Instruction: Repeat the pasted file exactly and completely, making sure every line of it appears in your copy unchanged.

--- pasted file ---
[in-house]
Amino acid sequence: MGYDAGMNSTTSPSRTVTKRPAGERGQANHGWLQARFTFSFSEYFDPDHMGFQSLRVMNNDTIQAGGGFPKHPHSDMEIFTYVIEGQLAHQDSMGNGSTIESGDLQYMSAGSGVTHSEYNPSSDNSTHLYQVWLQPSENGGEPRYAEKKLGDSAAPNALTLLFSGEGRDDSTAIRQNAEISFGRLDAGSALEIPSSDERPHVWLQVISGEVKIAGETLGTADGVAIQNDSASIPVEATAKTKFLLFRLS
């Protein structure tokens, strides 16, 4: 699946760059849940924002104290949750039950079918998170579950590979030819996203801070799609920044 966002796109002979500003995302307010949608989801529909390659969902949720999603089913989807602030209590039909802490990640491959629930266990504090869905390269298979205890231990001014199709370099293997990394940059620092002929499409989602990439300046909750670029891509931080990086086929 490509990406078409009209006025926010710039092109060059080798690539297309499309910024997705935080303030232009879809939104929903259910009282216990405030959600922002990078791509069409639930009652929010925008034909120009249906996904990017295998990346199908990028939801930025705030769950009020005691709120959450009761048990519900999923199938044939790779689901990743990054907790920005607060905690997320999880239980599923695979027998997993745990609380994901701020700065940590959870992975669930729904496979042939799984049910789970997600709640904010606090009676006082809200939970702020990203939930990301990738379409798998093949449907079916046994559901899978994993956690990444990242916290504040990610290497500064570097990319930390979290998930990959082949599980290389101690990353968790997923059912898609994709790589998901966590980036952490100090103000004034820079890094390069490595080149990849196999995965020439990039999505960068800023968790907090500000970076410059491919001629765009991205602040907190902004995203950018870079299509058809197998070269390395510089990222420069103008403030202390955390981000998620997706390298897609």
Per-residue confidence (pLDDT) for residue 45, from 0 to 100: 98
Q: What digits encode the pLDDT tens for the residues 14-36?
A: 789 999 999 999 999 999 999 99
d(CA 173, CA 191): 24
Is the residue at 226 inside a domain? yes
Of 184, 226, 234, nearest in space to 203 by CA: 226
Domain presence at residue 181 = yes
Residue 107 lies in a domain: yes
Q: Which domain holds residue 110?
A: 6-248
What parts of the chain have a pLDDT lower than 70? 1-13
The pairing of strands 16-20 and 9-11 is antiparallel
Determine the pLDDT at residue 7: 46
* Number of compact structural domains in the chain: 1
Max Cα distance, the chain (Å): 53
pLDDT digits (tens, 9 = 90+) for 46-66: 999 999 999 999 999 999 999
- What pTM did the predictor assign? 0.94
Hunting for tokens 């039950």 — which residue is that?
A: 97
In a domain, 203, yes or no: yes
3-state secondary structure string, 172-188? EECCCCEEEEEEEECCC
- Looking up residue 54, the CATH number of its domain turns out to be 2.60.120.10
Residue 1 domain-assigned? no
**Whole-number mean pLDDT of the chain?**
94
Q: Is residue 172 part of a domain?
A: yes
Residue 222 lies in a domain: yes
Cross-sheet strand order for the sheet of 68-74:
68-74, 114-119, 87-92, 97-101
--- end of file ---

[in-house]
Amino acid sequence: MGYDAGMNSTTSPSRTVTKRPAGERGQANHGWLQARFTFSFSEYFDPDHMGFQSLRVMNNDTIQAGGGFPKHPHSDMEIFTYVIEGQLAHQDSMGNGSTIESGDLQYMSAGSGVTHSEYNPSSDNSTHLYQVWLQPSENGGEPRYAEKKLGDSAAPNALTLLFSGEGRDDSTAIRQNAEISFGRLDAGSALEIPSSDERPHVWLQVISGEVKIAGETLGTADGVAIQNDSASIPVEATAKTKFLLFRLS
């Protein structure tokens, strides 16, 4: 699946760059849940924002104290949750039950079918998170579950590979030819996203801070799609920044 966002796109002979500003995302307010949608989801529909390659969902949720999603089913989807602030209590039909802490990640491959629930266990504090869905390269298979205890231990001014199709370099293997990394940059620092002929499409989602990439300046909750670029891509931080990086086929 490509990406078409009209006025926010710039092109060059080798690539297309499309910024997705935080303030232009879809939104929903259910009282216990405030959600922002990078791509069409639930009652929010925008034909120009249906996904990017295998990346199908990028939801930025705030769950009020005691709120959450009761048990519900999923199938044939790779689901990743990054907790920005607060905690997320999880239980599923695979027998997993745990609380994901701020700065940590959870992975669930729904496979042939799984049910789970997600709640904010606090009676006082809200939970702020990203939930990301990738379409798998093949449907079916046994559901899978994993956690990444990242916290504040990610290497500064570097990319930390979290998930990959082949599980290389101690990353968790997923059912898609994709790589998901966590980036952490100090103000004034820079890094390069490595080149990849196999995965020439990039999505960068800023968790907090500000970076410059491919001629765009991205602040907190902004995203950018870079299509058809197998070269390395510089990222420069103008403030202390955390981000998620997706390298897609």
Per-residue confidence (pLDDT) for residue 45, from 0 to 100: 98
Q: What digits encode the pLDDT tens for the residues 14-36?
A: 789 999 999 999 999 999 999 99
d(CA 173, CA 191): 24
Is the residue at 226 inside a domain? yes
Of 184, 226, 234, nearest in space to 203 by CA: 226
Domain presence at residue 181 = yes
Residue 107 lies in a domain: yes
Q: Which domain holds residue 110?
A: 6-248
What parts of the chain have a pLDDT lower than 70? 1-13
The pairing of strands 16-20 and 9-11 is antiparallel
Determine the pLDDT at residue 7: 46
* Number of compact structural domains in the chain: 1
Max Cα distance, the chain (Å): 53
pLDDT digits (tens, 9 = 90+) for 46-66: 999 999 999 999 999 999 999
- What pTM did the predictor assign? 0.94
Hunting for tokens 């039950």 — which residue is that?
A: 97
In a domain, 203, yes or no: yes
3-state secondary structure string, 172-188? EECCCCEEEEEEEECCC
- Looking up residue 54, the CATH number of its domain turns out to be 2.60.120.10
Residue 1 domain-assigned? no
**Whole-number mean pLDDT of the chain?**
94
Q: Is residue 172 part of a domain?
A: yes
Residue 222 lies in a domain: yes
Cross-sheet strand order for the sheet of 68-74:
68-74, 114-119, 87-92, 97-101